For those over age 30, and especially over age 40, there is a bittersweet taste that comes with the graduation season. When we look at those graduating from local high schools next week, it will be with this thought: “If I only knew at that age what I know now...”
Without a doubt, the years following high school graduation are the most critical years in a person’s lifetime. During those years, most people make important decisions that will affect them for the rest of their lives — education, jobs, spouses.
We choose our futures at a time when frankly, we are ill-equipped financially and emotionally to make such choices. The heady taste of new found freedom is powerful. It is also scary because suddenly, the safety net below us is being jerked away. Everything is changing all at once. It’s a lot to ask of an 18-year-old.
I think that’s why a lot of people at that age simply refuse to make any decisions at all. Rather than pursue a dream, or make any direct choices about life, they simply drift until drifting itself becomes so comfortable, any thought of breaking away becomes virtually impossible.
That process is not restricted to any gender, race, economic situation or academic background. Sometimes the kids who were at the top of the academic heap in high school fail to translate that talent into positive “real life” experiences. They drift, allowing the tug and pull of life’s tides to set their course.
On the other hand, I’ve seen those of mediocre academic ability set goals and pursue a more focused agenda. In life after high school, they achieve far more than anyone ever expected of them.
I sometimes wonder just where those years of “schooling” fit into our lives. What is it that we really learned in school that stays with us and makes a difference in the decades after graduation?
One writer tackled that theme in a popular book, “All I really need to know I learned in kindergarten.” It had nothing to do with academics, but everything to do with “life lessons” taught in kindergarten — share, don’t hit, play fair, clean up your own mess.
I think he’s on to something. Certainly, the fundamental academic skills learned in school are important. But so are the lessons learned on the playground, or athletic field, or in the band room. They all have a place in our lives and direct us toward who we become in later life.
But while reflecting on our high school past is often tinged with nostalgia, it is sometimes too easy to make that era the highlight of our lives. We all know people who never quite grew up from high school, individuals who feel they achieved the pinnacle of their life’s ambition by age 18. Even decades later, they relive the “glory” of their youth, the winning goal or touchdown, or have a resume padded with academic achievements that date back a couple decades.
There is a fine balance in all that. Even as we celebrate the graduation of friends and family members, we also know that the relative sheltered world of high school can never really prepare a teenager for the tides of life. We hope they remember their high school days fondly, but that they also move forward with new pursuits.
Someday, I’m going to write that story of my graduating class and ask my peers what advice they would have for new graduates. What do they wish they knew at age 18 that they now know? What wisdom have they developed since their teenage years?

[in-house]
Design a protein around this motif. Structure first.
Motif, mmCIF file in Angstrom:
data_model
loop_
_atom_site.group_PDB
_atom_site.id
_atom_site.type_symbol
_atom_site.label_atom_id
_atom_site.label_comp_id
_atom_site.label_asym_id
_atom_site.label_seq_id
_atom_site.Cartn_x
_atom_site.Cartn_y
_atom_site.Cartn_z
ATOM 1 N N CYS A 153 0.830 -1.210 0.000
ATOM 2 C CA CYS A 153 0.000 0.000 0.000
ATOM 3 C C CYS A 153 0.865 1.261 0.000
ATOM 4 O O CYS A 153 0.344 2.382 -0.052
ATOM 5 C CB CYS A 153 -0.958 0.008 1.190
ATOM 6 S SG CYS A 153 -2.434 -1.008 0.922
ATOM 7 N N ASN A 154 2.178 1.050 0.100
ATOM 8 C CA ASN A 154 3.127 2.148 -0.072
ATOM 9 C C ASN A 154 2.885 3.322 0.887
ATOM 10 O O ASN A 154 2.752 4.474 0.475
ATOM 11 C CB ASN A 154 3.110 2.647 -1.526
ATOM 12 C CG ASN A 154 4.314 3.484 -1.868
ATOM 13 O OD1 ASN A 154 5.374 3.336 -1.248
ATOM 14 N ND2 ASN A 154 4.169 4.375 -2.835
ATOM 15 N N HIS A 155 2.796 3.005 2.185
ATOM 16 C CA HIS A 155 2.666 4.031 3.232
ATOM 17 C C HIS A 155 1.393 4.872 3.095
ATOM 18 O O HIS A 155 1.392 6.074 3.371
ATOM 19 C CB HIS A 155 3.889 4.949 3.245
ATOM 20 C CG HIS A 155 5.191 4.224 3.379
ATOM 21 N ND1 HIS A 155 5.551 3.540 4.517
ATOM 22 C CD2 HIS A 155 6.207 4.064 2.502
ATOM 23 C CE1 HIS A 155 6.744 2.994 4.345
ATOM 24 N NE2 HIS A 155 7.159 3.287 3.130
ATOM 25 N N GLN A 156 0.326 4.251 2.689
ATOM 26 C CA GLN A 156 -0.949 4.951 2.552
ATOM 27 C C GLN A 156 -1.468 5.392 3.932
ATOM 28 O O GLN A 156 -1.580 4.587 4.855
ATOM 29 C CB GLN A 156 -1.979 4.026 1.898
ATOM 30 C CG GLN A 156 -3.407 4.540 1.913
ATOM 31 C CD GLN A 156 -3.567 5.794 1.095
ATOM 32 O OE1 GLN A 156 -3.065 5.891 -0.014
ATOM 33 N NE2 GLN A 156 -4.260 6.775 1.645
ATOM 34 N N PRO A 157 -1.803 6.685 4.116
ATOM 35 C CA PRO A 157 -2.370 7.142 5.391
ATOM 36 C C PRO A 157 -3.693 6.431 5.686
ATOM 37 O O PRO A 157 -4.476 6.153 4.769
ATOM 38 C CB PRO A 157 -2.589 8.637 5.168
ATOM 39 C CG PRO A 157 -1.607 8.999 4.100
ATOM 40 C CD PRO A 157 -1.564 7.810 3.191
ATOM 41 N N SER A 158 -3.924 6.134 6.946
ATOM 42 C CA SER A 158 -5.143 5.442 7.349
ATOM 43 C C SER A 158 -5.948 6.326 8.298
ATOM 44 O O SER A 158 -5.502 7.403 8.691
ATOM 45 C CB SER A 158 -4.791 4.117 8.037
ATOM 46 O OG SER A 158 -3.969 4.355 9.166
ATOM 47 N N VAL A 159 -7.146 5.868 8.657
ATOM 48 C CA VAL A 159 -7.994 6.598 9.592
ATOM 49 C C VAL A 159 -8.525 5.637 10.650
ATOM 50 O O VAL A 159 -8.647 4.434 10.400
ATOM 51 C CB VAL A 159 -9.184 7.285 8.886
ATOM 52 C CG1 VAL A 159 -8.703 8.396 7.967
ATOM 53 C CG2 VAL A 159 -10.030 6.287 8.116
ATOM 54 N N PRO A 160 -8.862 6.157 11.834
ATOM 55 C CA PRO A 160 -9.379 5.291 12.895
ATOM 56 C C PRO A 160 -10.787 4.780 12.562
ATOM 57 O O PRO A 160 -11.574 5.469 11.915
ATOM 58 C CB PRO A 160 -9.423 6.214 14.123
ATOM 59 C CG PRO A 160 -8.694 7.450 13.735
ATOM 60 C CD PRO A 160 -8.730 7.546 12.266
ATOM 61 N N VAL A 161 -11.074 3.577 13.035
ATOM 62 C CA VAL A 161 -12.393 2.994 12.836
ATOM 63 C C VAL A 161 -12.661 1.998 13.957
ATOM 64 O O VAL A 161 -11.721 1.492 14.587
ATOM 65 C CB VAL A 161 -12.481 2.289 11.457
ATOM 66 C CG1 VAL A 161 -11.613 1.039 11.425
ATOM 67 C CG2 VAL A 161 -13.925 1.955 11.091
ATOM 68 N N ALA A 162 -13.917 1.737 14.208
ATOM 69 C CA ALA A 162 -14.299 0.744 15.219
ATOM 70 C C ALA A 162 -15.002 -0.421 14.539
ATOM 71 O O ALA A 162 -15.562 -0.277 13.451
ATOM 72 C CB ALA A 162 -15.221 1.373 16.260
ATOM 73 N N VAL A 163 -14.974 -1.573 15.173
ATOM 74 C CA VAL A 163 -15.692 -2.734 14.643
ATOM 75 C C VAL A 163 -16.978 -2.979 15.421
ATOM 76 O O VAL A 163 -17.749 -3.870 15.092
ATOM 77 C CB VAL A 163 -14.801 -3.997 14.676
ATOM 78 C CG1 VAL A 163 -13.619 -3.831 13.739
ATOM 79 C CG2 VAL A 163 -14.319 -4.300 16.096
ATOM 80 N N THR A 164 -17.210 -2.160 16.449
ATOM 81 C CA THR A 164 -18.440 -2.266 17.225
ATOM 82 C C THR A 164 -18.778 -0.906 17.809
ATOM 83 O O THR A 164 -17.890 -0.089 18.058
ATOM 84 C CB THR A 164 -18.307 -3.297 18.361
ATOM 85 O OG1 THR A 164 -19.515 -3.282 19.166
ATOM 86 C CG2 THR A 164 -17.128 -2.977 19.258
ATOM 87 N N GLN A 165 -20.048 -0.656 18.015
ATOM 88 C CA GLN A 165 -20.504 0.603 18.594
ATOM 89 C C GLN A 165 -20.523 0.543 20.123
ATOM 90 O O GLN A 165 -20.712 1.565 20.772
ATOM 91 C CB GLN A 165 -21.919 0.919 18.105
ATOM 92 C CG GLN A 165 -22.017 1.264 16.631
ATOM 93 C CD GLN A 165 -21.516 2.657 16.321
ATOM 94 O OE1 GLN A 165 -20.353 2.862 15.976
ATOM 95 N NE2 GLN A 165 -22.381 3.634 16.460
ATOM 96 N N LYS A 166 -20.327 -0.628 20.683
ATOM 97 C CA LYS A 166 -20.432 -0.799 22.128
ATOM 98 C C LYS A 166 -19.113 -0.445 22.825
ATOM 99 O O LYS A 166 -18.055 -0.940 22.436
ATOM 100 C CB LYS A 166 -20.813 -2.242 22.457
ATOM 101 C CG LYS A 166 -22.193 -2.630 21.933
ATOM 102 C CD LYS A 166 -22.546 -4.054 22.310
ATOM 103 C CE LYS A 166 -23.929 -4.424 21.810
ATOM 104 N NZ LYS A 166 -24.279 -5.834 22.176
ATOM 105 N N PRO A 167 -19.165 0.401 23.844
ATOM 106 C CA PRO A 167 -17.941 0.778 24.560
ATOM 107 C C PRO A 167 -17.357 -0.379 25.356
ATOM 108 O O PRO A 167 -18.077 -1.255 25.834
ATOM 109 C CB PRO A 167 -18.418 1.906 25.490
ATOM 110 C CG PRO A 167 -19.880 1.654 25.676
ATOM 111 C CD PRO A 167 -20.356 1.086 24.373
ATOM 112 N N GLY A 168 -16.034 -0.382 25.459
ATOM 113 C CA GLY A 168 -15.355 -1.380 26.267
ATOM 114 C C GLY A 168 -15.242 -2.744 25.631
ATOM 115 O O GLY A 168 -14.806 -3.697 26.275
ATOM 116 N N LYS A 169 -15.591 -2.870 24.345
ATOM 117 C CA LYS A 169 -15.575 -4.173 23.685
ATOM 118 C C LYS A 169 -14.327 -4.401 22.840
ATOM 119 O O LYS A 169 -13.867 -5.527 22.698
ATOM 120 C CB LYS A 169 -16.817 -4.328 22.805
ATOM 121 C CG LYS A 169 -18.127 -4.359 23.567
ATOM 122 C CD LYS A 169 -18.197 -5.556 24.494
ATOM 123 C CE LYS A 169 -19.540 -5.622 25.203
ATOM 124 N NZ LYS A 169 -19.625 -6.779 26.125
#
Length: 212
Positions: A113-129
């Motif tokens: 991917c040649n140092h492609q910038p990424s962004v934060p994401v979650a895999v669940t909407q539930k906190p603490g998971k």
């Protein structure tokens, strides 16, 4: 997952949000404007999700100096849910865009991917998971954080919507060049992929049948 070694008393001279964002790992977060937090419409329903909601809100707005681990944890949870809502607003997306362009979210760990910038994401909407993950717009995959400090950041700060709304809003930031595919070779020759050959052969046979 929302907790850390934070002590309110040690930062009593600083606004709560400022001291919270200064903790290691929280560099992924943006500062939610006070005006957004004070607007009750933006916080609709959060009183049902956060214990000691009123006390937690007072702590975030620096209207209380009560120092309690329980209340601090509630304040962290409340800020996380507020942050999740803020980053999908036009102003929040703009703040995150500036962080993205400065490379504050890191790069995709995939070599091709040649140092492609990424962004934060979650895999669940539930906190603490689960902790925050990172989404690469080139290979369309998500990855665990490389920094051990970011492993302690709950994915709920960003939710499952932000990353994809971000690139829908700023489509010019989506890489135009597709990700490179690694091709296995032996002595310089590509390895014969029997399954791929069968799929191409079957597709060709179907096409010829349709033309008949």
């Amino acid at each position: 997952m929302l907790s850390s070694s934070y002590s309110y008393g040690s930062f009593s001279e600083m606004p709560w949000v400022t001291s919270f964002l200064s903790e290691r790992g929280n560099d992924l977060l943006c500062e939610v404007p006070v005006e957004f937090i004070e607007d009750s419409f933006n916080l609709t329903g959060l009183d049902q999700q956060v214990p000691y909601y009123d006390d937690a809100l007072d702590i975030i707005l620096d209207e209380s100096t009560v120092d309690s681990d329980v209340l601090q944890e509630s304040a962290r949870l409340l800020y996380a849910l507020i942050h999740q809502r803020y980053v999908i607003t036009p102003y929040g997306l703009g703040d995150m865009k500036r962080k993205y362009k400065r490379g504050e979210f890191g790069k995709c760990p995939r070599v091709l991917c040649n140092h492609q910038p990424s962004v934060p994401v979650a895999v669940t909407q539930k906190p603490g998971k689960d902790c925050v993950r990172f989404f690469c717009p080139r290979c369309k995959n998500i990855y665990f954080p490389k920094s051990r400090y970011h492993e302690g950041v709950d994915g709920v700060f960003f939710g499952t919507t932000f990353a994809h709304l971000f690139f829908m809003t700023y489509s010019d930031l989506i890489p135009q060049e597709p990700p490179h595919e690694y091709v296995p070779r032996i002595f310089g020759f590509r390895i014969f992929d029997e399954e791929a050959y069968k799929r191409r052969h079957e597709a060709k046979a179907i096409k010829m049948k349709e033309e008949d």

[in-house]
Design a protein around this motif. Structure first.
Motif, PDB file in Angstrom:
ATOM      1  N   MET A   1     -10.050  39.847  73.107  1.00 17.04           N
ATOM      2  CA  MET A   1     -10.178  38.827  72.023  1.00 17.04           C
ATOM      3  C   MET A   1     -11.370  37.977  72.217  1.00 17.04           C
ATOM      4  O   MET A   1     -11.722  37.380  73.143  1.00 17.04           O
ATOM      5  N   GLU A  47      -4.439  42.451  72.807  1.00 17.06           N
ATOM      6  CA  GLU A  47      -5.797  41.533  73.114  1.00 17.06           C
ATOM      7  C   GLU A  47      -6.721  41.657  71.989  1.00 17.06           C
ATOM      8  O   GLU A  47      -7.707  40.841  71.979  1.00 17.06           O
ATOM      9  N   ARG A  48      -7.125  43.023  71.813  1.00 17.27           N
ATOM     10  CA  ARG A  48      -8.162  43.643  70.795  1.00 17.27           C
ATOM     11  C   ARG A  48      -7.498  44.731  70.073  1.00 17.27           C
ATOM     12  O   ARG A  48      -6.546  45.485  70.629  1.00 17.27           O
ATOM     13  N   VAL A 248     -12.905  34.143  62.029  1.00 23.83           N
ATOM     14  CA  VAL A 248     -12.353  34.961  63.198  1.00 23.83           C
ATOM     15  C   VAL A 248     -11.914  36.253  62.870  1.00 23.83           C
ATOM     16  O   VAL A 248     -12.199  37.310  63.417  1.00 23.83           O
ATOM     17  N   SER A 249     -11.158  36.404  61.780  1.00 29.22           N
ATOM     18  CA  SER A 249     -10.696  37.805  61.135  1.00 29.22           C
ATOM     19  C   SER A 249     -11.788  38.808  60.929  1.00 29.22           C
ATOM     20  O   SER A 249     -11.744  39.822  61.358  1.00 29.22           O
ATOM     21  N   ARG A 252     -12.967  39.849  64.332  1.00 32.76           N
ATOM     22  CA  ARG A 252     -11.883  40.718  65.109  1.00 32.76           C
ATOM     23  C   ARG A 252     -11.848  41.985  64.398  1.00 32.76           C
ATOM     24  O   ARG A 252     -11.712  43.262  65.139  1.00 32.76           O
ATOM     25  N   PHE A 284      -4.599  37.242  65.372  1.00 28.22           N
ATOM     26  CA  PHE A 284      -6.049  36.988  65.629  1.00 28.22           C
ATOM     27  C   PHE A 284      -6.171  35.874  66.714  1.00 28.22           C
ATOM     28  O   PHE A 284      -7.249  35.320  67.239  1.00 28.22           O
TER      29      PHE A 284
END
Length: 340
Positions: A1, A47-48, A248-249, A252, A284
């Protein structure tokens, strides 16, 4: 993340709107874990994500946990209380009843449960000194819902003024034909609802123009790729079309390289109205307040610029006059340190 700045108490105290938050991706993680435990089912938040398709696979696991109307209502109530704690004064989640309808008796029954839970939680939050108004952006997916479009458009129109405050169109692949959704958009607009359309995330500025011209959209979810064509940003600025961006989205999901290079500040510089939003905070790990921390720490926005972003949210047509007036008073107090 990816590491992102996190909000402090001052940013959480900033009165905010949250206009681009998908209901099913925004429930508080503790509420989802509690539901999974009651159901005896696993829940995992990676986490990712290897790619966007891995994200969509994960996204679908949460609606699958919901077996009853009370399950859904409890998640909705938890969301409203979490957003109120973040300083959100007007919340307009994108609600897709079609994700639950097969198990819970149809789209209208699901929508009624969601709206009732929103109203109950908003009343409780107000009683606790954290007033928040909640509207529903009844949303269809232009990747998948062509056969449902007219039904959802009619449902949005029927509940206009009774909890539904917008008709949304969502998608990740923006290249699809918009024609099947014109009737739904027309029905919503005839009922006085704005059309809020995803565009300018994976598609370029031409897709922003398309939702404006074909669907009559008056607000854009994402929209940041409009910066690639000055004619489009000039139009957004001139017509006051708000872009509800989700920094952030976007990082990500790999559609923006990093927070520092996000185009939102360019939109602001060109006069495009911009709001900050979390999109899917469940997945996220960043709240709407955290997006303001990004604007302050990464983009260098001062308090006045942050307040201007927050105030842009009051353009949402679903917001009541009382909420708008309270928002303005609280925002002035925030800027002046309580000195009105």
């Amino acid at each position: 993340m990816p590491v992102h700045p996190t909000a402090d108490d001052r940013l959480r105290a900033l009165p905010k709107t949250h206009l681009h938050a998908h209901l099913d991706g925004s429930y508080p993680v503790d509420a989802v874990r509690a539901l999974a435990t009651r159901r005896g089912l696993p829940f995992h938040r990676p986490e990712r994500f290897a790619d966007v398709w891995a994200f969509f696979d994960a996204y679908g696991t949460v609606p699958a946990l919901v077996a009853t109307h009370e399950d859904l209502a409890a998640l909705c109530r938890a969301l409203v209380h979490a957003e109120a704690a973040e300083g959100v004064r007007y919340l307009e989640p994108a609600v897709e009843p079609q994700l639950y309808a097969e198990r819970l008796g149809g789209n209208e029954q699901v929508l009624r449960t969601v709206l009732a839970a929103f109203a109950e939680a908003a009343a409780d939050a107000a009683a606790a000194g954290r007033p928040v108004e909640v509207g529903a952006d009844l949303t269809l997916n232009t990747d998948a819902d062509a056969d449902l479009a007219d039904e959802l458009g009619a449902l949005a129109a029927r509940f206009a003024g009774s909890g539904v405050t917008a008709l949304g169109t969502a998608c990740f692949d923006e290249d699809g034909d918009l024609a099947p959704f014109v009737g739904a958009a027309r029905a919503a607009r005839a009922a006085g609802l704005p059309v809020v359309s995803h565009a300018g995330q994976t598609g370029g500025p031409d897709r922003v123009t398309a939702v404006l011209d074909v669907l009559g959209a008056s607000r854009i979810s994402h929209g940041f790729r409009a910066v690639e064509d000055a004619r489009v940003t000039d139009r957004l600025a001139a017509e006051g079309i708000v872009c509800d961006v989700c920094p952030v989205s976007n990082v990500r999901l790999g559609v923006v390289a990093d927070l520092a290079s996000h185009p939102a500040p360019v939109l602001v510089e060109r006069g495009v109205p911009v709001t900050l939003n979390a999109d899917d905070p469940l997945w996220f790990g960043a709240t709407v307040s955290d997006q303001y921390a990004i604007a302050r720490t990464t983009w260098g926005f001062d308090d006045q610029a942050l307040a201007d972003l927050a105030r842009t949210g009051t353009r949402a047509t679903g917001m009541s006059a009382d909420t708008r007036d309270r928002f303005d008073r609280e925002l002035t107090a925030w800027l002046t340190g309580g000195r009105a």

I know that such wisdom will be lost on those who need it most. Each generation must make its own mistakes and learn life’s lessons not from a book, but from experience.
The old saying is true: Youth is wasted on the young.
Mike Buffington is editor of The Jackson Herald.

The Commerce News
May 14, 2003

Graduates Now Ready
For Life’s Challenges
Congratulations to the 67 Commerce High School seniors who graduate Friday night and to the hundreds of seniors who will graduate at Jackson County Comprehensive and Jefferson High School a week later. You're reaching an important milestone in life.
The ceremony in which you receive a slip of paper acknowledging that you've completed high school also signifies the official arrival of adulthood. Although many of you will continue to rely on Mom and Dad for support for several more years, you are all at least beginning to be on your own. With that freedom comes great responsibility, but you should be prepared to handle it.
Those immediately entering the full-time work world will find themselves making all their own decisions – when to get up, how to spend leisure time, how to budget money. Those pursuing more education will not be quite so independent, but will also have much greater freedom and control of their own lives. Mom and Dad may offer financial and other support, but how you progress from here on is up to each of you. You control your own destiny.
Decisions you make relating to behavior, career, opportunity and spouse are of critical importance and will to a large degree determine whether you find "success" or happiness. All of you will make some poor decisions that will cause you to suffer; a few of those decisions will be life altering, even ruinous. You have the knowledge and ability to live happy and productive lives, but achieving those ends also requires good decision-making skills.
Enjoy your success and apply yourselves as diligently to the next task, be it college, technical school, the military, the workplace or parenthood. You will find great similarities between your life in the next few years and your high school career. Hard work, character and self-discipline are still necessary and good friends are just as important. Life isn't always fair and success won't always make you successful, but take solace in the fact that you're ready to take on the next challenge. You've equipped yourselves with the knowledge and tools to make your own positive mark in the world.
To the Class of 2003, congratulations and good luck.